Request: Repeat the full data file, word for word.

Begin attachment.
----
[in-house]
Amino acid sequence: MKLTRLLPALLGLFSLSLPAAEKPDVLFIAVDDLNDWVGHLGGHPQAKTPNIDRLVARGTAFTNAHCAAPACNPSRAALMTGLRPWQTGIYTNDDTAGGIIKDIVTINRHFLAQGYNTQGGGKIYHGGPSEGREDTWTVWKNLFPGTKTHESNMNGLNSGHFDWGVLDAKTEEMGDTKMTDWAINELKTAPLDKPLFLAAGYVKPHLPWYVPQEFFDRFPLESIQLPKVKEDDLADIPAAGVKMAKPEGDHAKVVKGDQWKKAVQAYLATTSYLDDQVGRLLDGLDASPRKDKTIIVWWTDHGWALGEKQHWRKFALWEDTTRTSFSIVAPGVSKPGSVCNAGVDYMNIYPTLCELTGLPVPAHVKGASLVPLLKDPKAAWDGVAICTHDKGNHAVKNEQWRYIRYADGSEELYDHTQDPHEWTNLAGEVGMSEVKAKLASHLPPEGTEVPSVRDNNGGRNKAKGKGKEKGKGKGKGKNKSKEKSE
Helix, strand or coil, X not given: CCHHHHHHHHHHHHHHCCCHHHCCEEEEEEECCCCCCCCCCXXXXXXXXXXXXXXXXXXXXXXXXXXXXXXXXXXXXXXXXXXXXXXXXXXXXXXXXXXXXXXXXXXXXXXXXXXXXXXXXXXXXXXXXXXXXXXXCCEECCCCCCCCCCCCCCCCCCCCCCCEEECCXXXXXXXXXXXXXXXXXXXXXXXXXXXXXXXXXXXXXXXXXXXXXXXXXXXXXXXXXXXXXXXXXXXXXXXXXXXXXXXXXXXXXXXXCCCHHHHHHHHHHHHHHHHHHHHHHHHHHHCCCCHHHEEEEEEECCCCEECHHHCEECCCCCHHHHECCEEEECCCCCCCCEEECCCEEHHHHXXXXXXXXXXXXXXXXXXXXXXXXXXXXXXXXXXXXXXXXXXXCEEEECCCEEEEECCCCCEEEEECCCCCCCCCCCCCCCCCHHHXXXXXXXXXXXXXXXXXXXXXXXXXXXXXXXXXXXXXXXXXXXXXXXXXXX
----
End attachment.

[in-house]
Amino acid sequence: MKLTRLLPALLGLFSLSLPAAEKPDVLFIAVDDLNDWVGHLGGHPQAKTPNIDRLVARGTAFTNAHCAAPACNPSRAALMTGLRPWQTGIYTNDDTAGGIIKDIVTINRHFLAQGYNTQGGGKIYHGGPSEGREDTWTVWKNLFPGTKTHESNMNGLNSGHFDWGVLDAKTEEMGDTKMTDWAINELKTAPLDKPLFLAAGYVKPHLPWYVPQEFFDRFPLESIQLPKVKEDDLADIPAAGVKMAKPEGDHAKVVKGDQWKKAVQAYLATTSYLDDQVGRLLDGLDASPRKDKTIIVWWTDHGWALGEKQHWRKFALWEDTTRTSFSIVAPGVSKPGSVCNAGVDYMNIYPTLCELTGLPVPAHVKGASLVPLLKDPKAAWDGVAICTHDKGNHAVKNEQWRYIRYADGSEELYDHTQDPHEWTNLAGEVGMSEVKAKLASHLPPEGTEVPSVRDNNGGRNKAKGKGKEKGKGKGKGKNKSKEKSE
Helix, strand or coil, X not given: CCHHHHHHHHHHHHHHCCCHHHCCEEEEEEECCCCCCCCCCXXXXXXXXXXXXXXXXXXXXXXXXXXXXXXXXXXXXXXXXXXXXXXXXXXXXXXXXXXXXXXXXXXXXXXXXXXXXXXXXXXXXXXXXXXXXXXXCCEECCCCCCCCCCCCCCCCCCCCCCCEEECCXXXXXXXXXXXXXXXXXXXXXXXXXXXXXXXXXXXXXXXXXXXXXXXXXXXXXXXXXXXXXXXXXXXXXXXXXXXXXXXXXXXXXXXXCCCHHHHHHHHHHHHHHHHHHHHHHHHHHHCCCCHHHEEEEEEECCCCEECHHHCEECCCCCHHHHECCEEEECCCCCCCCEEECCCEEHHHHXXXXXXXXXXXXXXXXXXXXXXXXXXXXXXXXXXXXXXXXXXXCEEEECCCEEEEECCCCCEEEEECCCCCCCCCCCCCCCCCHHHXXXXXXXXXXXXXXXXXXXXXXXXXXXXXXXXXXXXXXXXXXXXXXXXXXX